Background: Emergency diagnostic and treatment units (EDTUs) may provide an alternative to hospitalization for patients with reversible diseases, such as asthma, who fail to adequately respond to emergency department therapy.
Objective: To evaluate the medical and cost-effectiveness, patient satisfaction, and quality of life of patients receiving EDTU care for acute asthma compared with inpatient care.
Methods: A prospective, randomized clinical trial performed at 2 urban public hospitals enrolled patients with acute asthma (age range, 18-55 years) not meeting discharge criteria after 3 hours of emergency department therapy. Patients were treated with inhaled adrenergic agonists and steroids in an EDTU for up to 9 hours after randomization or with routine therapy in a hospital ward. Patients were followed up for 8 weeks.
Main outcome measures: Discharge rate from the EDTU, length of stay, relapse rates, days missed from work or school, days incapacitated during waking hours, symptom-free days and nights, nocturnal awakenings, direct medical costs, patients satisfaction, and patient quality of life.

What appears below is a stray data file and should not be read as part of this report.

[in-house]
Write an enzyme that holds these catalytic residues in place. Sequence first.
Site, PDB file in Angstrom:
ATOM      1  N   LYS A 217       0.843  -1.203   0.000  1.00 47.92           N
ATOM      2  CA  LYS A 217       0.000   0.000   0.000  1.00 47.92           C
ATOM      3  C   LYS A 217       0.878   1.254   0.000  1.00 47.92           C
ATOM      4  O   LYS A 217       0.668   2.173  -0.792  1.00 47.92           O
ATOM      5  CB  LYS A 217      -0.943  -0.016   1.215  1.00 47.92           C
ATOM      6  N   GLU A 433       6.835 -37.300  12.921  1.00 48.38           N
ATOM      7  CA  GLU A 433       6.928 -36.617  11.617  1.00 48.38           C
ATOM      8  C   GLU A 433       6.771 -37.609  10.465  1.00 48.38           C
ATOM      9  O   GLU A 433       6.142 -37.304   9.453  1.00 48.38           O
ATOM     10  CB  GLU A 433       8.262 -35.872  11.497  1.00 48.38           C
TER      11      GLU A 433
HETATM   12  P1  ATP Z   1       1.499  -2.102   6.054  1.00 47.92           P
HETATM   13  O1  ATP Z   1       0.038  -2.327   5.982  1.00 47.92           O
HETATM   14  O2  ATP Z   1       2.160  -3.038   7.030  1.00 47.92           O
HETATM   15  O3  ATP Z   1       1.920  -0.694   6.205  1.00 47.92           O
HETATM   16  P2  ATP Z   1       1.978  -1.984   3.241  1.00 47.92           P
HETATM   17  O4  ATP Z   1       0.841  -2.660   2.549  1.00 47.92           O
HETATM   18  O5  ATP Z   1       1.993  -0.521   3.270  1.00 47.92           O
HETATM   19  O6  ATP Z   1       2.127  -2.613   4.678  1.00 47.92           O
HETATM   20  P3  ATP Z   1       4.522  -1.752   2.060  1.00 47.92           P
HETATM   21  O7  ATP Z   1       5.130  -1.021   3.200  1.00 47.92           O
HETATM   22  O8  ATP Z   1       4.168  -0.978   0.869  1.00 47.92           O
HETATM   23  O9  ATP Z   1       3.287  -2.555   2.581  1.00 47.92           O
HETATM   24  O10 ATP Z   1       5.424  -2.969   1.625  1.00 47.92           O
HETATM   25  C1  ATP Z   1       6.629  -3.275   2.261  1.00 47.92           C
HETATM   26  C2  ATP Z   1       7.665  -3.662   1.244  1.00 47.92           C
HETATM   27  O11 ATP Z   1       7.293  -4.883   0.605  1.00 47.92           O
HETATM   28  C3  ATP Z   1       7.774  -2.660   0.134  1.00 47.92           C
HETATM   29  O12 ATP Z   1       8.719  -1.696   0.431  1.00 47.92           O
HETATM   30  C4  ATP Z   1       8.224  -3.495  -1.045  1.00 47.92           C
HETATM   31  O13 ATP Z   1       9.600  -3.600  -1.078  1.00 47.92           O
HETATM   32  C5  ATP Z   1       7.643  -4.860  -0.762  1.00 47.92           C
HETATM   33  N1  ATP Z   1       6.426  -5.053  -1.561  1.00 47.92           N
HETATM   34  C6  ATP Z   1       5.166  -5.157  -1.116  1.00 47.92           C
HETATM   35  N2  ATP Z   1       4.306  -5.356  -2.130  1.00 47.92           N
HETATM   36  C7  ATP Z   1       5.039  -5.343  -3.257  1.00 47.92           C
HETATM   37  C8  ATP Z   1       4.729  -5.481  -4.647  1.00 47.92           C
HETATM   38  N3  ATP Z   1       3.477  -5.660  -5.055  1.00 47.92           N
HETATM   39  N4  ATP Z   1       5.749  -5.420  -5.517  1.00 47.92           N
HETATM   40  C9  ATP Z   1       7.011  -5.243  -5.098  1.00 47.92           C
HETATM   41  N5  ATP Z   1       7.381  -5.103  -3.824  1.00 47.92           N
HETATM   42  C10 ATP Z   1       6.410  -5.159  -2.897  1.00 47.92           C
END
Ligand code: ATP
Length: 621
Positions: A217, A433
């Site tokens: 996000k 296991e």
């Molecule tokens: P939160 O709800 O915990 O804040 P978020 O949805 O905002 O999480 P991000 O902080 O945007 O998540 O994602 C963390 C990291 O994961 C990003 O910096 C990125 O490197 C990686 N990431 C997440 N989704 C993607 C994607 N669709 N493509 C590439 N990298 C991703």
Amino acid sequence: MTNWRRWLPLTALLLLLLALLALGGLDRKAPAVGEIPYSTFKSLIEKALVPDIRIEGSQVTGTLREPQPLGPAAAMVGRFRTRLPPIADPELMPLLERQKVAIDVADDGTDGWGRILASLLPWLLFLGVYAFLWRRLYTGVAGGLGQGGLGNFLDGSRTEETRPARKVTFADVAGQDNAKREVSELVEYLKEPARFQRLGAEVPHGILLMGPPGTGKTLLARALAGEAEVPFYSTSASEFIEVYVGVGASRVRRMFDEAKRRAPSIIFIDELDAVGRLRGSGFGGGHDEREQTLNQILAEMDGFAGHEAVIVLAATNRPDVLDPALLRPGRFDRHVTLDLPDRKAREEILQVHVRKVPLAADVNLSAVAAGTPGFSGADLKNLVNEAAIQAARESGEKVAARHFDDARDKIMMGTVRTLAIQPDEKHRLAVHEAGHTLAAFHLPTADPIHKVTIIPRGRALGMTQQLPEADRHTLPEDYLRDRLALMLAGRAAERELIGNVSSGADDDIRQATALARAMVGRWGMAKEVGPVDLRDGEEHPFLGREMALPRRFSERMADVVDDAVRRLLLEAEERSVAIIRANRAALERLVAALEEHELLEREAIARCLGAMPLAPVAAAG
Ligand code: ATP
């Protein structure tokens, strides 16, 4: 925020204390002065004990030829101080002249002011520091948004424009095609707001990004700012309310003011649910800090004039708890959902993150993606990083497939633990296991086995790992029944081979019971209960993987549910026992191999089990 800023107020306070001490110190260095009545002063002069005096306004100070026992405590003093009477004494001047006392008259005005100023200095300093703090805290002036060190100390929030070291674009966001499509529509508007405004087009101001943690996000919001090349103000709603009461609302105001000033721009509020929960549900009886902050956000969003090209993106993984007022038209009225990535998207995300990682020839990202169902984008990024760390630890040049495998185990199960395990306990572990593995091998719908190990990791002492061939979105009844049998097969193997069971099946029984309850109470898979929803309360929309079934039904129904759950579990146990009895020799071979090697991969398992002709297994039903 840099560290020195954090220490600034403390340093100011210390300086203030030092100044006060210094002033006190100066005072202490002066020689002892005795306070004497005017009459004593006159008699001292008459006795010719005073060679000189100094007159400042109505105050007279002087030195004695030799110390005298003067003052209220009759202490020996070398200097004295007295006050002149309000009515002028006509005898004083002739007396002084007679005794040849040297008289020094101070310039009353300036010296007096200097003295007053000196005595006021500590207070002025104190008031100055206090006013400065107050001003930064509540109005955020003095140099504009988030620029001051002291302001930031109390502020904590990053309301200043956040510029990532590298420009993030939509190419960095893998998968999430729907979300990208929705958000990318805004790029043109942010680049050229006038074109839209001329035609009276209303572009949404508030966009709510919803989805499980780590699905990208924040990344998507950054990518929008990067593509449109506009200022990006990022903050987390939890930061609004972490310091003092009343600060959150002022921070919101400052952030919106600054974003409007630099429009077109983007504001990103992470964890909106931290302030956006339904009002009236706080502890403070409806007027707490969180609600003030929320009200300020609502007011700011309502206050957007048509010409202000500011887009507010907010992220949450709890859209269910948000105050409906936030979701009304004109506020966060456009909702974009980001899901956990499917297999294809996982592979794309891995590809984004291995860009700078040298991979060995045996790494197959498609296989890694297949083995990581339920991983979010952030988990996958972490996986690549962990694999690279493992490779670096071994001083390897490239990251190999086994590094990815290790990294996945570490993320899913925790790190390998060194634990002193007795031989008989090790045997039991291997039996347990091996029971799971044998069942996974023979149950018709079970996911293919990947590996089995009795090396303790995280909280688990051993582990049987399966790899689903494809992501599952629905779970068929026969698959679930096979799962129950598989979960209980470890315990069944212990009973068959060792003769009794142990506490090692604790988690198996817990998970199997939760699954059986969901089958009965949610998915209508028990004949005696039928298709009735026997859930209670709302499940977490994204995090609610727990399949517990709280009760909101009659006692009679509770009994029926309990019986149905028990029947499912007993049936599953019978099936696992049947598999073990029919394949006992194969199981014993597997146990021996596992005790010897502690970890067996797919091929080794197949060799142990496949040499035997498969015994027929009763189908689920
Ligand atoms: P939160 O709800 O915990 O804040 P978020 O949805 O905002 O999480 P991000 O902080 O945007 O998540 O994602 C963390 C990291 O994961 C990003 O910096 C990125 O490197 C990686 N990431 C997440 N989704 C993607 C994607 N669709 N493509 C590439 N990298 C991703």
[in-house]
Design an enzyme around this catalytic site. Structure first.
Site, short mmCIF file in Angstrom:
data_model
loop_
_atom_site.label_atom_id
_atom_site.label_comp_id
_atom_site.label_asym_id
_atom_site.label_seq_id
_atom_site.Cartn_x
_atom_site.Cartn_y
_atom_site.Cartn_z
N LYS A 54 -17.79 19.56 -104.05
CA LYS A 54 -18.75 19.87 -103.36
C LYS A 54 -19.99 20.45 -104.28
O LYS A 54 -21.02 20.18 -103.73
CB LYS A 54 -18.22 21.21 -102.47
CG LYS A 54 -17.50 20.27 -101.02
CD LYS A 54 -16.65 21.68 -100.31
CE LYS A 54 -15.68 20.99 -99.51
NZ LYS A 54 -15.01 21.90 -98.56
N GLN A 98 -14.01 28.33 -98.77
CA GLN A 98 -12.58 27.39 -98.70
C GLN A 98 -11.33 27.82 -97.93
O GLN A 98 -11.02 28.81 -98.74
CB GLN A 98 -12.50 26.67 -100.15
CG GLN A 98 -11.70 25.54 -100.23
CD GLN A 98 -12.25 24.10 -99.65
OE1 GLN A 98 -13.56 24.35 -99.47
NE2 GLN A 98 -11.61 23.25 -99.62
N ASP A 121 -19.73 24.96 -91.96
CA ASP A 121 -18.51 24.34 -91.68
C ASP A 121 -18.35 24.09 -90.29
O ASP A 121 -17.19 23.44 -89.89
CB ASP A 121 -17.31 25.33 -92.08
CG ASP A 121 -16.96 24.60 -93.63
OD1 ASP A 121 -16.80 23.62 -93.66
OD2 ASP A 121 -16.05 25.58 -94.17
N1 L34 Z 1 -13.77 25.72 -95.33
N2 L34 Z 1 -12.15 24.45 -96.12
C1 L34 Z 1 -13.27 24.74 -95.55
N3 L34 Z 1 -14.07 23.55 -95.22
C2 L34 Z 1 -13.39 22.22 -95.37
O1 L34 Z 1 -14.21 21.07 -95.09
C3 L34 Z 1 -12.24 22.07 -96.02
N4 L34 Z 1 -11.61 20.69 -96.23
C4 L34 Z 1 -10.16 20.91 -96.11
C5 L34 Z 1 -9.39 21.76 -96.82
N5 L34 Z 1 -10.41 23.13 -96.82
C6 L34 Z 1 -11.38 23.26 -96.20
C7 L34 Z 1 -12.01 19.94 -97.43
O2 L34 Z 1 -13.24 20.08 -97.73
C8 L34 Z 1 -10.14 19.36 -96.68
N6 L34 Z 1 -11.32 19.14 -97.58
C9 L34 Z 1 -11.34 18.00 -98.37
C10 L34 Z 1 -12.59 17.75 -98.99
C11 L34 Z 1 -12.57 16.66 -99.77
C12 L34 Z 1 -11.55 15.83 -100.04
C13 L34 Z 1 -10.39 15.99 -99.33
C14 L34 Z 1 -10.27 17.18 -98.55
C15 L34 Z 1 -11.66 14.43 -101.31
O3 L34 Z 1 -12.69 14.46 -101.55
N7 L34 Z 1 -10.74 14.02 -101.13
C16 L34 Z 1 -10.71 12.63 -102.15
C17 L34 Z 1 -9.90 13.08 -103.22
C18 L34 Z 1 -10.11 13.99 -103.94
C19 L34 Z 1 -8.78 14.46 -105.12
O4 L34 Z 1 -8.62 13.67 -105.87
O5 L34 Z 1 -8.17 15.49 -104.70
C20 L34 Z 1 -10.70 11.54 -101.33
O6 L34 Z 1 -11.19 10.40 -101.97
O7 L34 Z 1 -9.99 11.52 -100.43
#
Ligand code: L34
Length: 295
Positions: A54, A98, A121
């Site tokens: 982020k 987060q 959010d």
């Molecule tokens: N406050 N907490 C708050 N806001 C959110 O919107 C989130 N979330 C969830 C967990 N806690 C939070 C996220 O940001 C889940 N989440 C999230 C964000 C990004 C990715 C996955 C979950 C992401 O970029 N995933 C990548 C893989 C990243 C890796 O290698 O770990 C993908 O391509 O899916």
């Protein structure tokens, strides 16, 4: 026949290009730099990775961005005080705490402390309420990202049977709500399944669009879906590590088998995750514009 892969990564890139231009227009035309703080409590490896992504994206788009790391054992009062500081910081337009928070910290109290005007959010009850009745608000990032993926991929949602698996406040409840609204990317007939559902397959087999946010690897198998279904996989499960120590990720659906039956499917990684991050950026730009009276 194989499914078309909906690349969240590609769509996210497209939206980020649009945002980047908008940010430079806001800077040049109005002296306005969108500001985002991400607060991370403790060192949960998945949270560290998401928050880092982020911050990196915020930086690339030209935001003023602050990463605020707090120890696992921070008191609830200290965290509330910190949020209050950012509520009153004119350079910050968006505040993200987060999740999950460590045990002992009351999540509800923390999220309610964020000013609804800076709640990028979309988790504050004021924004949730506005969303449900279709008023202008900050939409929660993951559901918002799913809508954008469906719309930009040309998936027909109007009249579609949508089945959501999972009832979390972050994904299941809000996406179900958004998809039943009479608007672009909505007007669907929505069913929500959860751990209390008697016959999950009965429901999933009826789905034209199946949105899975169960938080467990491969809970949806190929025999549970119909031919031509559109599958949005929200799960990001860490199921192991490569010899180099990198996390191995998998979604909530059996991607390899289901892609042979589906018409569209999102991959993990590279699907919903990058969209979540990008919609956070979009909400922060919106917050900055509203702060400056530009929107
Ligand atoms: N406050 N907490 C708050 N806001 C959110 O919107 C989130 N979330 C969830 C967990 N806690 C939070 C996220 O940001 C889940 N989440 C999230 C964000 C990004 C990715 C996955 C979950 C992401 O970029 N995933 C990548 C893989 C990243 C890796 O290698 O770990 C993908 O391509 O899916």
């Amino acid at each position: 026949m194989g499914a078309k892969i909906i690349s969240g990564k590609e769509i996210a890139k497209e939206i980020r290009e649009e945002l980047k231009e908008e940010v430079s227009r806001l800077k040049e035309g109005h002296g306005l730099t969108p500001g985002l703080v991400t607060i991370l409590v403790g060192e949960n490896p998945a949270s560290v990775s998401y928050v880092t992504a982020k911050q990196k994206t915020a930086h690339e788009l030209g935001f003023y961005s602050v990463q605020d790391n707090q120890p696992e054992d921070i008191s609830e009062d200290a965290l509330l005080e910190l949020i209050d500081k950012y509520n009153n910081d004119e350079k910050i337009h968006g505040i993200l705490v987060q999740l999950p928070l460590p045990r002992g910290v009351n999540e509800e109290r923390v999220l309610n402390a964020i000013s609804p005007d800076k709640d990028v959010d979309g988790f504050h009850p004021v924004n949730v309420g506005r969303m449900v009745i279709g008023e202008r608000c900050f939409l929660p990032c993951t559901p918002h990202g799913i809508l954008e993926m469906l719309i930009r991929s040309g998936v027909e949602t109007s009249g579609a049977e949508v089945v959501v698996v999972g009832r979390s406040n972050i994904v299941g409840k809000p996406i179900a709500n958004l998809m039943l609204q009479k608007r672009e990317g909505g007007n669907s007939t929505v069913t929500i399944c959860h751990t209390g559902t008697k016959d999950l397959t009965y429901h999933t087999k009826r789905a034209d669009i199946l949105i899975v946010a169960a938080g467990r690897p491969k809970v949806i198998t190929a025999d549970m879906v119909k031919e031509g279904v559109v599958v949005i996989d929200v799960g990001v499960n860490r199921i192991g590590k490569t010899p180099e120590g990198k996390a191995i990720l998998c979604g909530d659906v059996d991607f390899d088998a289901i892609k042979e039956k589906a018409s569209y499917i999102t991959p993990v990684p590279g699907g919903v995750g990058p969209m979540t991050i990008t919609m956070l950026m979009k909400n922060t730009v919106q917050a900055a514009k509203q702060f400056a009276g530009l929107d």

Results: The study consisted of 222 patients with asthma. Sixty-five patients (59%) treated in an EDTU were discharged home; the remainder were admitted to the hospital. There were no differences during the follow-up period in relapse rates (P = .74) or in any other morbidities between the EDTU and inpatient groups. There were significant differences in the length of stay, patient satisfaction, and quality of life favoring EDTU care. The mean (+/-SD) cost per patient in the EDTU group was $1202.79 +/- $1343.96, compared with $2247.32 +/- $1110.18 for the control group (P < .001).
Conclusions: Treatment of selected patients with asthma in an EDTU results in the safe discharge of most such patients. This study suggests that quality gains and cost-effective measures can be achieved by the use of such units.